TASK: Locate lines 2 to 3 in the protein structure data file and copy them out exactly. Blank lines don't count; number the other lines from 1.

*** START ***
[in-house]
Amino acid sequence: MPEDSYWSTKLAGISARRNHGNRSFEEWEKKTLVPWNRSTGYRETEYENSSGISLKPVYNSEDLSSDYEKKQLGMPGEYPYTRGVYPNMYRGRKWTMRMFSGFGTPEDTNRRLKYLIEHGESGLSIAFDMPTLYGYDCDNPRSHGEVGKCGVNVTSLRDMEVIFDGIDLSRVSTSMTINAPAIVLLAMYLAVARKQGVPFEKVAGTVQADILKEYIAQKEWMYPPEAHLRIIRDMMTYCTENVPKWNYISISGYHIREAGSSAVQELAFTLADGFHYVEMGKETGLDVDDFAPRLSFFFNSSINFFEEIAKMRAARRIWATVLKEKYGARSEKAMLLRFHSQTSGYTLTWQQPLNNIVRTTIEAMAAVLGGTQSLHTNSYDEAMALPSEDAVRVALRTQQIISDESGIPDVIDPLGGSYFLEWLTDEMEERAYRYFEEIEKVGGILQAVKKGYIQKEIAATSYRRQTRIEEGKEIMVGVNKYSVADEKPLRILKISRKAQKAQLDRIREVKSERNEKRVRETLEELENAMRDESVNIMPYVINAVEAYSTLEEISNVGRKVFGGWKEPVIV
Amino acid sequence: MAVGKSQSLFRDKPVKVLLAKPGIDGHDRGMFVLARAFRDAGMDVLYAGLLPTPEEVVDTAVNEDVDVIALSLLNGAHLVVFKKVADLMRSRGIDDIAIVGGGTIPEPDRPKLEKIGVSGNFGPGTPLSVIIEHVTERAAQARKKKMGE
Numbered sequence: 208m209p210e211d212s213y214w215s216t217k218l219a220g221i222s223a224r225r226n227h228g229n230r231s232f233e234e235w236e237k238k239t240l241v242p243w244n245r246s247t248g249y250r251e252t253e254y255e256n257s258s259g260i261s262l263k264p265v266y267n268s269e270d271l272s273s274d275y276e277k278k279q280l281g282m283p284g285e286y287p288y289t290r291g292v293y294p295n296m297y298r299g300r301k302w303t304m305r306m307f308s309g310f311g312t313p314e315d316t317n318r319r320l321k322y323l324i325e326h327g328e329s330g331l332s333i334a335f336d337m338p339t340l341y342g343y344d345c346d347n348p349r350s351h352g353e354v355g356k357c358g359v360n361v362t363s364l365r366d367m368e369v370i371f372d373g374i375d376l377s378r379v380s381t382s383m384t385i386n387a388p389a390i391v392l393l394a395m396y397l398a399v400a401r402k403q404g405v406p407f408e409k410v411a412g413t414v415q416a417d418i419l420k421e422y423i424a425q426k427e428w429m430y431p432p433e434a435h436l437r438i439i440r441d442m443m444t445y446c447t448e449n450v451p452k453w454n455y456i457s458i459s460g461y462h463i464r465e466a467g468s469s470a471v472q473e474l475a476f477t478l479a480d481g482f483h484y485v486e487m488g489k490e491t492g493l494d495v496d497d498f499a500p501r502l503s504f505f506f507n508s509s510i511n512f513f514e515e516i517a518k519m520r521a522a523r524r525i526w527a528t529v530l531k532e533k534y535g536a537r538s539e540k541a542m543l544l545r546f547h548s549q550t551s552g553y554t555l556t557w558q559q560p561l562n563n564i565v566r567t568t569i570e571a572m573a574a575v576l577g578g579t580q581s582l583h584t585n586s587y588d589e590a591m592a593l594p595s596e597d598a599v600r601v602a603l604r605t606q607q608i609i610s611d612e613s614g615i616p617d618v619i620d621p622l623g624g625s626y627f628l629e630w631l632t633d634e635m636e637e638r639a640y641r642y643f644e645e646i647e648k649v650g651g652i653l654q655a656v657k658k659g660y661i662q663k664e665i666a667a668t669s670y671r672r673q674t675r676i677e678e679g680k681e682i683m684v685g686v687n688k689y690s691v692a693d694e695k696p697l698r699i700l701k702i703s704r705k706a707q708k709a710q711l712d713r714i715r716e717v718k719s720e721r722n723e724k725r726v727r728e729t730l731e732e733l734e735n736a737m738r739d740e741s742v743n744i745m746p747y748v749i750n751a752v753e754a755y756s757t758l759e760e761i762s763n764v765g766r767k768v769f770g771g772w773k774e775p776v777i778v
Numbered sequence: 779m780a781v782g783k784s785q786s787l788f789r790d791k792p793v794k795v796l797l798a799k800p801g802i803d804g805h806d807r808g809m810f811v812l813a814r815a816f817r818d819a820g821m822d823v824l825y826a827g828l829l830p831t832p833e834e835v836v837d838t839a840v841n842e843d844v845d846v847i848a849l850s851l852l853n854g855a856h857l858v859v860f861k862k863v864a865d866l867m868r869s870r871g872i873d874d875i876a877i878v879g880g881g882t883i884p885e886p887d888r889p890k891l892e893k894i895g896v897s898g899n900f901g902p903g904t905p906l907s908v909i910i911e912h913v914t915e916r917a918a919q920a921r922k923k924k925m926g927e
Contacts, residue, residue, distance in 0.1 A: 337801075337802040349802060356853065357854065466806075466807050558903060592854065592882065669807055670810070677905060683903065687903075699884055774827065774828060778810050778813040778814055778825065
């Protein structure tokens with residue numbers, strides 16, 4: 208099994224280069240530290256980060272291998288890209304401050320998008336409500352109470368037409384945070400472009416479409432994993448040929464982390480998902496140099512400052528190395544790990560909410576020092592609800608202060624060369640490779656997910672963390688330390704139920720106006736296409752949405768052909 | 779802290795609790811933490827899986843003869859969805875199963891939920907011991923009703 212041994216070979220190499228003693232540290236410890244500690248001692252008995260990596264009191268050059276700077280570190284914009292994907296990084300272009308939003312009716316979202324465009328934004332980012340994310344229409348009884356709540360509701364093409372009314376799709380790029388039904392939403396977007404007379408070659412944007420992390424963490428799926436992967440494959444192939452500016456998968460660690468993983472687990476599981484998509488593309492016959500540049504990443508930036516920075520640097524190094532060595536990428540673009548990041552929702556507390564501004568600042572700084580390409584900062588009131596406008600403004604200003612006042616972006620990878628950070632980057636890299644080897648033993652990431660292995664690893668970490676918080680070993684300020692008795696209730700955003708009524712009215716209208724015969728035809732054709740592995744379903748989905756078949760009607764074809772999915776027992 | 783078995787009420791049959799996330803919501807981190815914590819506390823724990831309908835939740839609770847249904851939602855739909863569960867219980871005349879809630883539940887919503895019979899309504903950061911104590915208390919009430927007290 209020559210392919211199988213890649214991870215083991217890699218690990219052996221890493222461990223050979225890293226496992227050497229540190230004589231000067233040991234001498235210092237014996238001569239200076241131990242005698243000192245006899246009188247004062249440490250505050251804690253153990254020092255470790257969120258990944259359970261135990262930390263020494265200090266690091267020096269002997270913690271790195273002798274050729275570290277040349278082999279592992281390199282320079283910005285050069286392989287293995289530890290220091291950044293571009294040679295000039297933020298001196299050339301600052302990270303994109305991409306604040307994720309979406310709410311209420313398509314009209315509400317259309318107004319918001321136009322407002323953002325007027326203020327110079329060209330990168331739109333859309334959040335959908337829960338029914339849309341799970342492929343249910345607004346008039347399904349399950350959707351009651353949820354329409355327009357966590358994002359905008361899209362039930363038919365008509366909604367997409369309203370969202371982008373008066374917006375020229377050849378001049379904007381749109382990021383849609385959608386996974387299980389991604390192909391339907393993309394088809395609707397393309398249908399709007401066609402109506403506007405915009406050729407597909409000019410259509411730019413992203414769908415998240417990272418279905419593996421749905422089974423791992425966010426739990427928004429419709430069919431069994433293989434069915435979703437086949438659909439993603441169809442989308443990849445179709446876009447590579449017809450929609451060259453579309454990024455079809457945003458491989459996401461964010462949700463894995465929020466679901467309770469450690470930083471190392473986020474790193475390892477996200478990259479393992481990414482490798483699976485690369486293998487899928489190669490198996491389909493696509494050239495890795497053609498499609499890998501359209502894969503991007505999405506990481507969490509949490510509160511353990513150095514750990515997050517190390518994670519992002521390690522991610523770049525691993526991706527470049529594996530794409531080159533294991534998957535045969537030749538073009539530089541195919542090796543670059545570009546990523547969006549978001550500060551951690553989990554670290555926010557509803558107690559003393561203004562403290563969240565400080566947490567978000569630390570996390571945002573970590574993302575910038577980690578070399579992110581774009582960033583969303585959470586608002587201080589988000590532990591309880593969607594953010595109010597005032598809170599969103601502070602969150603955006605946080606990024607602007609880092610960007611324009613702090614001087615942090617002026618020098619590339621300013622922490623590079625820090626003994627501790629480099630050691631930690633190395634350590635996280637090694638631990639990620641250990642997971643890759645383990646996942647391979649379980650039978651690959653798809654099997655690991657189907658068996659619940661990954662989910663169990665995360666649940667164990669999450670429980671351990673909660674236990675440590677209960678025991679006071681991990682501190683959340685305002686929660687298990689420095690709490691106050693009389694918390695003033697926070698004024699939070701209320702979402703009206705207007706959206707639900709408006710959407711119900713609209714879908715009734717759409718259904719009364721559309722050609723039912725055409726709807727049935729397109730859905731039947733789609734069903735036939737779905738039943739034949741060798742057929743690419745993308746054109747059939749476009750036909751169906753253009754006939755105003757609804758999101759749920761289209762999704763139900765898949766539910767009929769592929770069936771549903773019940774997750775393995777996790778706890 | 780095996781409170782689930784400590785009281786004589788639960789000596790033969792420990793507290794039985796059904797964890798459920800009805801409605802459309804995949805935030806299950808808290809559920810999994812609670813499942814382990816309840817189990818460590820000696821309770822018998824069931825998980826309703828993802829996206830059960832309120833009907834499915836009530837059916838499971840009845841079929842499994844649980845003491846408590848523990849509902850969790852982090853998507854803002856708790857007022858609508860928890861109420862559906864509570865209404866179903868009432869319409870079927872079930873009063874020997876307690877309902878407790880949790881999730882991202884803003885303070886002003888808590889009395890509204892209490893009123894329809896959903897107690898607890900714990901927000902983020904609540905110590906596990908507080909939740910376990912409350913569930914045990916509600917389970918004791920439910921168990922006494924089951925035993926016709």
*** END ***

Amino acid sequence: MPEDSYWSTKLAGISARRNHGNRSFEEWEKKTLVPWNRSTGYRETEYENSSGISLKPVYNSEDLSSDYEKKQLGMPGEYPYTRGVYPNMYRGRKWTMRMFSGFGTPEDTNRRLKYLIEHGESGLSIAFDMPTLYGYDCDNPRSHGEVGKCGVNVTSLRDMEVIFDGIDLSRVSTSMTINAPAIVLLAMYLAVARKQGVPFEKVAGTVQADILKEYIAQKEWMYPPEAHLRIIRDMMTYCTENVPKWNYISISGYHIREAGSSAVQELAFTLADGFHYVEMGKETGLDVDDFAPRLSFFFNSSINFFEEIAKMRAARRIWATVLKEKYGARSEKAMLLRFHSQTSGYTLTWQQPLNNIVRTTIEAMAAVLGGTQSLHTNSYDEAMALPSEDAVRVALRTQQIISDESGIPDVIDPLGGSYFLEWLTDEMEERAYRYFEEIEKVGGILQAVKKGYIQKEIAATSYRRQTRIEEGKEIMVGVNKYSVADEKPLRILKISRKAQKAQLDRIREVKSERNEKRVRETLEELENAMRDESVNIMPYVINAVEAYSTLEEISNVGRKVFGGWKEPVIV
Amino acid sequence: MAVGKSQSLFRDKPVKVLLAKPGIDGHDRGMFVLARAFRDAGMDVLYAGLLPTPEEVVDTAVNEDVDVIALSLLNGAHLVVFKKVADLMRSRGIDDIAIVGGGTIPEPDRPKLEKIGVSGNFGPGTPLSVIIEHVTERAAQARKKKMGE